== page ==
Cry out Pendragon, the dashing young wizard Howl’s Moving Castle, might steal the hearts of fans, but the dreamy heartthrob doesn’t have its own official Nendoroid yet. That’s where fans come in: building their own figurines by purchasing Nendoroids and mixing and matching the parts to create their own custom figurines.
These palm-sized chibi figurines, made by Good Smile, are a popular choice among collectors and fans. Since the first Nendoroid came out in 2006, Good Smile has lined up 1,800 different versions of its big-headed figurines, featuring characters from anime favorites such as My Hero Academiavideo games like overwatch, Disney franchises and more. There are still plenty of characters that don’t have an official Nendoroid, so fans use the character parts Good Smile sells, as well as individual parts from unofficial retailers, to bring their favorite characters to life.
Going online through Rose.Arrow, Kate is a 21-year-old college student from Texas who started making custom Nendoroids as a hobby in early 2021. She has a TikTok account and an Instagram page where she posts her figurines. Since the beginning, she’s shared custom Nendoroids for characters they don’t already have, like Howl Pendragon, as well as characters from games like Genshin impact†
“The process starts with studying the character you want to create. It helps to really know what their outfit, hair and face look like before buying parts,” she told Polygon via Discord. Nendoroids have interchangeable parts so you can switch features like faces, clothes and hair between different figures.
While there are countless places to buy Nendoroid parts, this first step can be difficult, according to Kate. “The hardest part of the process is finding the right parts to use,” Kate said. “Sometimes I had to buy a whole Nendoroid for a single part. Although I try to avoid this as much as possible.” After mixing and matching Nendoroid parts to get as close to a replica as possible, Kate modifies the figurines with air-dry clay that she later paints.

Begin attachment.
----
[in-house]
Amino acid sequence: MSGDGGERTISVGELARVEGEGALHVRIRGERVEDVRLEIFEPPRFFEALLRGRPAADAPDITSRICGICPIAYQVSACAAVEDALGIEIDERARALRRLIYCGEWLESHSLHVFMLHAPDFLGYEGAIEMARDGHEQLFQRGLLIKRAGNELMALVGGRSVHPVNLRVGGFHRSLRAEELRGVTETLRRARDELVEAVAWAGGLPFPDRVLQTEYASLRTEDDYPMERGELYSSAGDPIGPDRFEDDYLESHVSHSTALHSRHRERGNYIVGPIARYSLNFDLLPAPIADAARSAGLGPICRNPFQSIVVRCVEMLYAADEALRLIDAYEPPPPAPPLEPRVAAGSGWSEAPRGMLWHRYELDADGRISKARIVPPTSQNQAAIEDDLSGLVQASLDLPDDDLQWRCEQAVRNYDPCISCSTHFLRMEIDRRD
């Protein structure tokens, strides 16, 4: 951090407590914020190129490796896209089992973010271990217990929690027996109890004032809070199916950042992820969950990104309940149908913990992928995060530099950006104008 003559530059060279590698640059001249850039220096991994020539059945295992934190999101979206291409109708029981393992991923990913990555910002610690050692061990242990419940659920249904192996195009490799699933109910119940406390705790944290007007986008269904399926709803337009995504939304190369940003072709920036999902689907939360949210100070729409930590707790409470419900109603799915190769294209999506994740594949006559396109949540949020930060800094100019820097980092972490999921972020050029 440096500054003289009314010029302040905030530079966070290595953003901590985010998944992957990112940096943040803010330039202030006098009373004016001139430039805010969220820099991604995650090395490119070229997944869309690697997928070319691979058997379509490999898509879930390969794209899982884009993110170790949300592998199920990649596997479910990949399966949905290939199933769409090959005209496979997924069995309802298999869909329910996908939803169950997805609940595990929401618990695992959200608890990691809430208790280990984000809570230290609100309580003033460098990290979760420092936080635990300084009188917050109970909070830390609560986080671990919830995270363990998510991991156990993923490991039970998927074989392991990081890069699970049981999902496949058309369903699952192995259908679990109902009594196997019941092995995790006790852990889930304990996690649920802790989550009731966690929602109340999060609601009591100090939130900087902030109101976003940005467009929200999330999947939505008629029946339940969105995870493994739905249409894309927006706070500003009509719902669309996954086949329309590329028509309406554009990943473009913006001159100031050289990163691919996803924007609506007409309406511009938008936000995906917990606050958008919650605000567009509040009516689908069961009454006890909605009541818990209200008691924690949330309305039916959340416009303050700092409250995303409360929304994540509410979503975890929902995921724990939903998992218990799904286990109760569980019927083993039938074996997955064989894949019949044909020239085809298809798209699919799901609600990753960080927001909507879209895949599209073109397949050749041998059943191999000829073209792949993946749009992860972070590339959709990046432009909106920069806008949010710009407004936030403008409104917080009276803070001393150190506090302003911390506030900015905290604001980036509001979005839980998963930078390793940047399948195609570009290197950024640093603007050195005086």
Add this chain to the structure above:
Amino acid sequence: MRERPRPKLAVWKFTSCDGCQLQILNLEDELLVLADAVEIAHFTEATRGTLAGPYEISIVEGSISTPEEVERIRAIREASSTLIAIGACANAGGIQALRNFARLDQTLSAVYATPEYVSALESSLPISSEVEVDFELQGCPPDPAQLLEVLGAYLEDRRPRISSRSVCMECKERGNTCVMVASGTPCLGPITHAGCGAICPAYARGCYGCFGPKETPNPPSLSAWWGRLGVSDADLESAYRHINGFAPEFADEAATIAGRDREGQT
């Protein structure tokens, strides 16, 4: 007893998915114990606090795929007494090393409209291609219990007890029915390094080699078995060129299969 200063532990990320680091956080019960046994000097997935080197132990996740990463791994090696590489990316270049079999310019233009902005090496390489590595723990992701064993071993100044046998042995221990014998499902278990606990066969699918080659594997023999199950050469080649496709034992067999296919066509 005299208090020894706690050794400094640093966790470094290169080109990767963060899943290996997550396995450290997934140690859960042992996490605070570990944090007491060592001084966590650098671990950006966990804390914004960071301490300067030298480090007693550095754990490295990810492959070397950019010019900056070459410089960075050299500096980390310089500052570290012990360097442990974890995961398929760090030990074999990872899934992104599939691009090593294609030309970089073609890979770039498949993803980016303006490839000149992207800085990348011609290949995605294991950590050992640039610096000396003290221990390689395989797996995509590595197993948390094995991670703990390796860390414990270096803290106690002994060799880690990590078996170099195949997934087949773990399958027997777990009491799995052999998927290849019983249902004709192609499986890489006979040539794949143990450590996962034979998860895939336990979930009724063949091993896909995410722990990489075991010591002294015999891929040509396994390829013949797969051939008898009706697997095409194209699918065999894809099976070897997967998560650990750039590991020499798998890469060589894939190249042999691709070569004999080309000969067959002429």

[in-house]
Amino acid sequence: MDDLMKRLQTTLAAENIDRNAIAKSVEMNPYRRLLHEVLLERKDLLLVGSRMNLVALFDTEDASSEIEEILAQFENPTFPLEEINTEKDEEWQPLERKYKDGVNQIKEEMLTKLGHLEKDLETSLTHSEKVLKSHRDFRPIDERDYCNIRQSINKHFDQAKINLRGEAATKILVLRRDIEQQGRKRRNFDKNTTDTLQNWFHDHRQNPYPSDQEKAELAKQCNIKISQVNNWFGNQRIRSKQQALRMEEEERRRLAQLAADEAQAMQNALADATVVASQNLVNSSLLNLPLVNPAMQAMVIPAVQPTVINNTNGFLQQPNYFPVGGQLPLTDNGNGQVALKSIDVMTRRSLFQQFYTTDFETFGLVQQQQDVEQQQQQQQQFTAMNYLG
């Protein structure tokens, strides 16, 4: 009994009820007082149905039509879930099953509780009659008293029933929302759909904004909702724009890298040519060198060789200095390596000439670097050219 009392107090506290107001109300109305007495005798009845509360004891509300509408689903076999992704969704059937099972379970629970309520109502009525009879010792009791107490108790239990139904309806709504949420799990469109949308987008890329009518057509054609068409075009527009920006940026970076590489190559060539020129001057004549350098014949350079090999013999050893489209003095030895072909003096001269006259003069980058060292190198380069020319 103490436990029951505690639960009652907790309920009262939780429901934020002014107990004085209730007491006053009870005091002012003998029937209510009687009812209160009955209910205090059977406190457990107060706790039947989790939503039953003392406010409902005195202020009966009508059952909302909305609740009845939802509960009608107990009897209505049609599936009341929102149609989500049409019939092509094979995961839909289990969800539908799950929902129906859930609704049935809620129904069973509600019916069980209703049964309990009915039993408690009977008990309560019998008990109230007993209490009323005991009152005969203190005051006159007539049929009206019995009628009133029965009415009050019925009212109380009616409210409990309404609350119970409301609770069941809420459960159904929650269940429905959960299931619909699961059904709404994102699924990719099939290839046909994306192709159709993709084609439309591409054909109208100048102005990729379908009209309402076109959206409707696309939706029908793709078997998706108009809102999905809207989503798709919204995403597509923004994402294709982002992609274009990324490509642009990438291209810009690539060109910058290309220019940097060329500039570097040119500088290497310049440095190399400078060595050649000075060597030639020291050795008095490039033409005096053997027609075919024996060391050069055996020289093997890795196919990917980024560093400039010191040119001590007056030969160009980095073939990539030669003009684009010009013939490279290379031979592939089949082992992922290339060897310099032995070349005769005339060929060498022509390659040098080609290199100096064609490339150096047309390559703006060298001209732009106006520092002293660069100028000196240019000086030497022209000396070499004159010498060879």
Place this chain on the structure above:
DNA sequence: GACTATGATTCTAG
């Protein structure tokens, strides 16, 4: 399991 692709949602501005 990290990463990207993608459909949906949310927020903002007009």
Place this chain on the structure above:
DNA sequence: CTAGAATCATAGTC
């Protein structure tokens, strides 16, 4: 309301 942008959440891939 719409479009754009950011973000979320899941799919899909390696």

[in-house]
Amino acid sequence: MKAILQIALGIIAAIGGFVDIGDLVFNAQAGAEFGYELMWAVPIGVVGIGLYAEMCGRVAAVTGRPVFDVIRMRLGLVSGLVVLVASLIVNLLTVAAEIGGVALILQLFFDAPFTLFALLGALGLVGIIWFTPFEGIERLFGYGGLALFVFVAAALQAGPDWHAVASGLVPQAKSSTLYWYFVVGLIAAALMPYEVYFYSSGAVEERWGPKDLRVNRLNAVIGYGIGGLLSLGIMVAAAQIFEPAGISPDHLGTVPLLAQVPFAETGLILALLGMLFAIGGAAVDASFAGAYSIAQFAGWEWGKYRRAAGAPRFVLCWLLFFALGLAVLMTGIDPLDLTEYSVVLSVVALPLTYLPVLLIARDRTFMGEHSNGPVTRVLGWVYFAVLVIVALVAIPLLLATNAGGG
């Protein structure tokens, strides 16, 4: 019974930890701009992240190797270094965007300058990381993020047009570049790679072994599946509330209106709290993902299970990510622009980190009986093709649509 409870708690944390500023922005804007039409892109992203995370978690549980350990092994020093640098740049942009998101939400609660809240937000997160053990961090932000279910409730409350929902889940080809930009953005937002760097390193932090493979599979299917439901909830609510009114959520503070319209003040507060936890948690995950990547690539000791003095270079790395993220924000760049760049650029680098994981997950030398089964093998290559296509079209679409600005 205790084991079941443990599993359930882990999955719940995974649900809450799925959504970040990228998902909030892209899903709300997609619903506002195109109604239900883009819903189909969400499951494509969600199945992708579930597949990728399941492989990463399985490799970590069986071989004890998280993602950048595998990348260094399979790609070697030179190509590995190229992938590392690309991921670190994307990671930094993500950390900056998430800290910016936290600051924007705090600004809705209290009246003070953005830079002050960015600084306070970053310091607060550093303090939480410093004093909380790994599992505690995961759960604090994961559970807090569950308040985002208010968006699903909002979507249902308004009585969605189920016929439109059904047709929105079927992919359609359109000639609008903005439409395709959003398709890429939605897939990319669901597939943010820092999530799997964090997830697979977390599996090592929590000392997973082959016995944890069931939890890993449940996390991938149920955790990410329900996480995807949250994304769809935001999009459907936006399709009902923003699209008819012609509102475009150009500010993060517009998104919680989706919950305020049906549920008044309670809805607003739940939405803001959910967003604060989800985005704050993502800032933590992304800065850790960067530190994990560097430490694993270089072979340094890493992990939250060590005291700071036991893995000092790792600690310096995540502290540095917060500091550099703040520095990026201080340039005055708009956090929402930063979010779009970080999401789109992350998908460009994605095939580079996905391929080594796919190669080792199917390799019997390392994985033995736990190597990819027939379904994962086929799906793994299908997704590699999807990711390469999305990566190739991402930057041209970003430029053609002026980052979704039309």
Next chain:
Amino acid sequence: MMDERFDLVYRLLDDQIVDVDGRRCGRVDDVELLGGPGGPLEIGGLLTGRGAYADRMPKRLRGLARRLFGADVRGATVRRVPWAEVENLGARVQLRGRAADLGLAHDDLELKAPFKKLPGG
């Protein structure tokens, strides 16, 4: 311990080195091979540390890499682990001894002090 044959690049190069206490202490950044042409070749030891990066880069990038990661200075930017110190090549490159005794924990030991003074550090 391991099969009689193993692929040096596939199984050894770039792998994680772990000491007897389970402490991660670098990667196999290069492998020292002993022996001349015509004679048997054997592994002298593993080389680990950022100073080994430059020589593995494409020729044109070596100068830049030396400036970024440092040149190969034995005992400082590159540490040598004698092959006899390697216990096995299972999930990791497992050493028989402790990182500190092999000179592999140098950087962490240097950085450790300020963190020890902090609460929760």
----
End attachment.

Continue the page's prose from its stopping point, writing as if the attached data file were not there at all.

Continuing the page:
The time it takes Kate to make them depends on the level of detail. “Howl’s jacket took me quite a while with all the fine lines!” she said. “However, I’ve also made custom Nendoroids with much simpler recolors that take me significantly less time, like Tomoe from Kamisama Kiss† Kate told Polygon that she usually pays between $90 and $120 for parts and materials, but the number can add up if she has to buy an entire Nendoroid for just one part.
Kate got the idea to make them after seeing another TikTok user, Apeachbun, post a video featuring a modified Tartaglia Nendoroid. Kate felt inspired to take up the hobby herself: “During this time I was doing a college semester entirely online, so I wanted to do something fun from home!” From there she was able to get support from custom Nendoroid groups and Discord servers, and since then she has started creating characters from series like Ouran High School Host Club† Kamisama Kissand more.
As for her favorite, she said it’s hard to choose. Characters like Xiao, Razor and Haruhi will “always hold a special place in her heart”, but “some of my absolute favorite custom Nendoroids are characters from books! There really aren’t any official Nendoroids from books outside of Harry Potter, so I love it to have them!”